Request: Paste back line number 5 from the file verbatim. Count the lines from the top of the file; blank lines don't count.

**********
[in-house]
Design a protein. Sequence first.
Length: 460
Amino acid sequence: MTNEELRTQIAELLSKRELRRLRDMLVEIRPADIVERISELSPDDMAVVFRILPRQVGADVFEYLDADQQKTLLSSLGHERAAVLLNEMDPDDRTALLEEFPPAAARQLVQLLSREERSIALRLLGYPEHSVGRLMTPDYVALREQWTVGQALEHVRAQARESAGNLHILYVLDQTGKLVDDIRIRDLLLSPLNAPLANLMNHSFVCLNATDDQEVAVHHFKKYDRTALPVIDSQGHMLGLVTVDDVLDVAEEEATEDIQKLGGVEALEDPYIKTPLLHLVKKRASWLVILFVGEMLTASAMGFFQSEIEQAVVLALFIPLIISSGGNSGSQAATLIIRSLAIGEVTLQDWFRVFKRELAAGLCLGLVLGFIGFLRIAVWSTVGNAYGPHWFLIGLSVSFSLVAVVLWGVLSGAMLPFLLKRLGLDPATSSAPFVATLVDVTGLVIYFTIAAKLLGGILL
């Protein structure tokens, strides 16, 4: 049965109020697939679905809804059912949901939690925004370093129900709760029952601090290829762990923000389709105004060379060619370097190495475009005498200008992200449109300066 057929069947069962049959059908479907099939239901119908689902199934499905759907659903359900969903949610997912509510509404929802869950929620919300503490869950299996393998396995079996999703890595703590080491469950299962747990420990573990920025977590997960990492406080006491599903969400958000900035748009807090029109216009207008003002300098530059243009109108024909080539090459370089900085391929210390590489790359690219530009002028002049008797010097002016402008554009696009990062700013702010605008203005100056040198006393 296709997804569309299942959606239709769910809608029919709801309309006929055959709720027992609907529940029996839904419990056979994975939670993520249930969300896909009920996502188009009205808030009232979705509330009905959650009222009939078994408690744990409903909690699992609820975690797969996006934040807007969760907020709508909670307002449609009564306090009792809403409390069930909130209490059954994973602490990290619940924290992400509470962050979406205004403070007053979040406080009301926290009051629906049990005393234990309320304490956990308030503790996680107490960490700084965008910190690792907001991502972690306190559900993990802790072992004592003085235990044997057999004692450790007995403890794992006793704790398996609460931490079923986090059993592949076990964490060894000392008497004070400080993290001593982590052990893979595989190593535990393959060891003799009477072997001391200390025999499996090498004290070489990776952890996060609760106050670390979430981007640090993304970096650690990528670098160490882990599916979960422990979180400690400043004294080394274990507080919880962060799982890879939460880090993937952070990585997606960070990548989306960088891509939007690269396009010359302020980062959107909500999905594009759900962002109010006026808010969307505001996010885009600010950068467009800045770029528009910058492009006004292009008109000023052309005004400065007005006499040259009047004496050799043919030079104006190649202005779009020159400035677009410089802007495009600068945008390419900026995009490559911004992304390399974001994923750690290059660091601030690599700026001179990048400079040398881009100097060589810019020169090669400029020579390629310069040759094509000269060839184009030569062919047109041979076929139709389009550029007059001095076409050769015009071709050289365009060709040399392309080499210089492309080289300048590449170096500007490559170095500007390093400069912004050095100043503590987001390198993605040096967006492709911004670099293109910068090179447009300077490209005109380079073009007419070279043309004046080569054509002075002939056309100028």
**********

């Protein structure tokens, strides 16, 4: 049965109020697939679905809804059912949901939690925004370093129900709760029952601090290829762990923000389709105004060379060619370097190495475009005498200008992200449109300066 057929069947069962049959059908479907099939239901119908689902199934499905759907659903359900969903949610997912509510509404929802869950929620919300503490869950299996393998396995079996999703890595703590080491469950299962747990420990573990920025977590997960990492406080006491599903969400958000900035748009807090029109216009207008003002300098530059243009109108024909080539090459370089900085391929210390590489790359690219530009002028002049008797010097002016402008554009696009990062700013702010605008203005100056040198006393 296709997804569309299942959606239709769910809608029919709801309309006929055959709720027992609907529940029996839904419990056979994975939670993520249930969300896909009920996502188009009205808030009232979705509330009905959650009222009939078994408690744990409903909690699992609820975690797969996006934040807007969760907020709508909670307002449609009564306090009792809403409390069930909130209490059954994973602490990290619940924290992400509470962050979406205004403070007053979040406080009301926290009051629906049990005393234990309320304490956990308030503790996680107490960490700084965008910190690792907001991502972690306190559900993990802790072992004592003085235990044997057999004692450790007995403890794992006793704790398996609460931490079923986090059993592949076990964490060894000392008497004070400080993290001593982590052990893979595989190593535990393959060891003799009477072997001391200390025999499996090498004290070489990776952890996060609760106050670390979430981007640090993304970096650690990528670098160490882990599916979960422990979180400690400043004294080394274990507080919880962060799982890879939460880090993937952070990585997606960070990548989306960088891509939007690269396009010359302020980062959107909500999905594009759900962002109010006026808010969307505001996010885009600010950068467009800045770029528009910058492009006004292009008109000023052309005004400065007005006499040259009047004496050799043919030079104006190649202005779009020159400035677009410089802007495009600068945008390419900026995009490559911004992304390399974001994923750690290059660091601030690599700026001179990048400079040398881009100097060589810019020169090669400029020579390629310069040759094509000269060839184009030569062919047109041979076929139709389009550029007059001095076409050769015009071709050289365009060709040399392309080499210089492309080289300048590449170096500007490559170095500007390093400069912004050095100043503590987001390198993605040096967006492709911004670099293109910068090179447009300077490209005109380079073009007419070279043309004046080569054509002075002939056309100028």